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The Past Has a Strong Effect on Soviet Policy

November 17, 1985

Nobel laureate Lawrence R. Klein presents a stimulating interpretation of Soviet motives in his article "Understanding the Russian Psyche" (Times Board of Economists, Nov. 5). The fears of Muscovites after the 17th-Century Polish invasion, which he describes, have been borne out since that time: The Swedish incursion in the 18th Century, Napoleon in the 19th Century and the Kaiser and Hitler in the 20th Century.

Furthermore, after World War I, Japan and the Western powers intervened in the Russian civil War and imposed a blockade that caused millions of deaths by famine and pestilence before the conscience of ordinary citizens was aroused and relief efforts (by other nations) were mounted. Against all these attacks, Russian governments have survived by trading space for time, and the possession of an immensity of land is engraved on the Russian mind as indispensable to continued existence as a nation.

There is another side to this, however. The military-industrial-security complex of the Russian empire--both Czarist and Soviet brands--has always profited from the defensive fears of the populace, well-grounded though these may be. It is by keeping those fears alive by one threat of "encirclement" after another that the bureaucratic state machine has been able to justify its dominance. Whatever general economic advantages might accrue from a reduction in military spending will inevitably be weighed against the power elite's stake in its continuation at a high level.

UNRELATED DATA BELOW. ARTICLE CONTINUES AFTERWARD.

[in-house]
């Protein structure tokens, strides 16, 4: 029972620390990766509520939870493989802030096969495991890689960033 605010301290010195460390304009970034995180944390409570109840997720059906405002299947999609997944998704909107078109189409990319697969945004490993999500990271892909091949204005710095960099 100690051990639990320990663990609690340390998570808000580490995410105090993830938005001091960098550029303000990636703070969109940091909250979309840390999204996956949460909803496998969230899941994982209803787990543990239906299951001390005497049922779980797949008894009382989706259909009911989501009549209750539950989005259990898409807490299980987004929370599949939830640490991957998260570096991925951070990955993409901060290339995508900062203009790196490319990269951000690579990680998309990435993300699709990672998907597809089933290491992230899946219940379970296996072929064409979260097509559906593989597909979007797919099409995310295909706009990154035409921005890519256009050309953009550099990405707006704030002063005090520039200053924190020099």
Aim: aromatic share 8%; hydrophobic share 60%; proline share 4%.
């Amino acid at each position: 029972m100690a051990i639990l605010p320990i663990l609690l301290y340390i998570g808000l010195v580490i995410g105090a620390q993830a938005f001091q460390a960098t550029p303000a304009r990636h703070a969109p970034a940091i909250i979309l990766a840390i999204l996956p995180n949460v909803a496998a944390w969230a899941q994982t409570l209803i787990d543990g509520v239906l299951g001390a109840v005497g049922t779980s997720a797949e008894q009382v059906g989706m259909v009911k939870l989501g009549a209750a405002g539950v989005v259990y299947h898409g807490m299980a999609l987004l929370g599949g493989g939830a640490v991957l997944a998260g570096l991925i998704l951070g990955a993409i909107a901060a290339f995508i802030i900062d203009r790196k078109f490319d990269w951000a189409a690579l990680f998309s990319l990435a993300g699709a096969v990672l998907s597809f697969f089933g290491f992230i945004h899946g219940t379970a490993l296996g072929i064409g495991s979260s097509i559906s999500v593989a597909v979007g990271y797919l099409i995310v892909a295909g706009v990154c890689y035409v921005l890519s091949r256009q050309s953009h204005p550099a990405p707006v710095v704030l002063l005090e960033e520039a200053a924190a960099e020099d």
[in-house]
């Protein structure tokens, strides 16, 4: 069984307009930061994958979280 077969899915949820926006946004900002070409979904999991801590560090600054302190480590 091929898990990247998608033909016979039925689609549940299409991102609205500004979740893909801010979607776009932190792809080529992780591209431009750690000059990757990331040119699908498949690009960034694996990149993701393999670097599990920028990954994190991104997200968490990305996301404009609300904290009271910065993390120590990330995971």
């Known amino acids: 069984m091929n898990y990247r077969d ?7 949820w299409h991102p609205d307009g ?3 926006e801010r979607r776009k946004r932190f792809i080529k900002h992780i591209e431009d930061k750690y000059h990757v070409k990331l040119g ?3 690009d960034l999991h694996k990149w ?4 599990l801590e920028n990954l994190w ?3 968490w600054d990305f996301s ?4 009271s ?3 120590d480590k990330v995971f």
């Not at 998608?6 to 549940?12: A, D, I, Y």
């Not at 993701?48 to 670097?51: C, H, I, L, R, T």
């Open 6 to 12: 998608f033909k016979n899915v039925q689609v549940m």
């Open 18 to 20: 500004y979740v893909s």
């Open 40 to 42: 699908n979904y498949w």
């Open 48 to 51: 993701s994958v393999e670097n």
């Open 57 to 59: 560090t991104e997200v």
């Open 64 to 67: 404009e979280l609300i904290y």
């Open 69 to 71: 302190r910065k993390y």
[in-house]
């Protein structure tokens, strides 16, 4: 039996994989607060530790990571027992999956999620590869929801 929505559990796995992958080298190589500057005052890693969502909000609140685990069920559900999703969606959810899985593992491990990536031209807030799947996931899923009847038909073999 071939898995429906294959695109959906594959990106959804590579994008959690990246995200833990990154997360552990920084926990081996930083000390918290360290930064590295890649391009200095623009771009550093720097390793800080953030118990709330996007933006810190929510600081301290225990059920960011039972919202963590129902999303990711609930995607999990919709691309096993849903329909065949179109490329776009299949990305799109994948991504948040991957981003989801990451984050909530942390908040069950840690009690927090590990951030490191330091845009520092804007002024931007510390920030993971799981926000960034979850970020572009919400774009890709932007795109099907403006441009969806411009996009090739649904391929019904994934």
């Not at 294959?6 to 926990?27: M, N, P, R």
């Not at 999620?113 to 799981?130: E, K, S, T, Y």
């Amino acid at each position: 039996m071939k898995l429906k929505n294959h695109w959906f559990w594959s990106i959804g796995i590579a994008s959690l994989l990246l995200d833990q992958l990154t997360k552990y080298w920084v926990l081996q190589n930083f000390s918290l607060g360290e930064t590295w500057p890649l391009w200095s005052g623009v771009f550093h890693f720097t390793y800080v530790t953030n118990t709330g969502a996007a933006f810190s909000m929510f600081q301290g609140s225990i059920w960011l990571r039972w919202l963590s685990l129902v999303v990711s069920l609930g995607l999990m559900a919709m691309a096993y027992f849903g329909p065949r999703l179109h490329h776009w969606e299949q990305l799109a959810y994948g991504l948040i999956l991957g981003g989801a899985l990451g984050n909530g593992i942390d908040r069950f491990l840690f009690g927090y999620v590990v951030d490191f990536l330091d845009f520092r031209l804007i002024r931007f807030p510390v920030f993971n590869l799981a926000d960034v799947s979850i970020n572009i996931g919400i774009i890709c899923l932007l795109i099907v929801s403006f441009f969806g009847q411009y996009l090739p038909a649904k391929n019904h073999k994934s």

It must be remembered that the Russians--and Ukrainians and other minority groups--have suffered immensely not only from foreign invaders but also from their own rulers. Names like Ivan the Terrible (16th Century) and Josef Stalin remind us that the Russian state has been perpetually at war with its own subjects. Behind its Marxist facade (which Klein wisely discounts) the present regime is also engaged in a titanic class struggle--hence all the current attention to "labor discipline" in the Soviet press. The tensions within will always have significant repercussions on Russian policies abroad.

How the Soviet leadership will approach any international political conference is the resultant of a very complex summation of political, economic and social forces. The historical attitudes that Klein emphasizes are important, but the internal stresses both within the ruling class and between rulers must also not be ignored.

GILBERT DEWART

Pasadena

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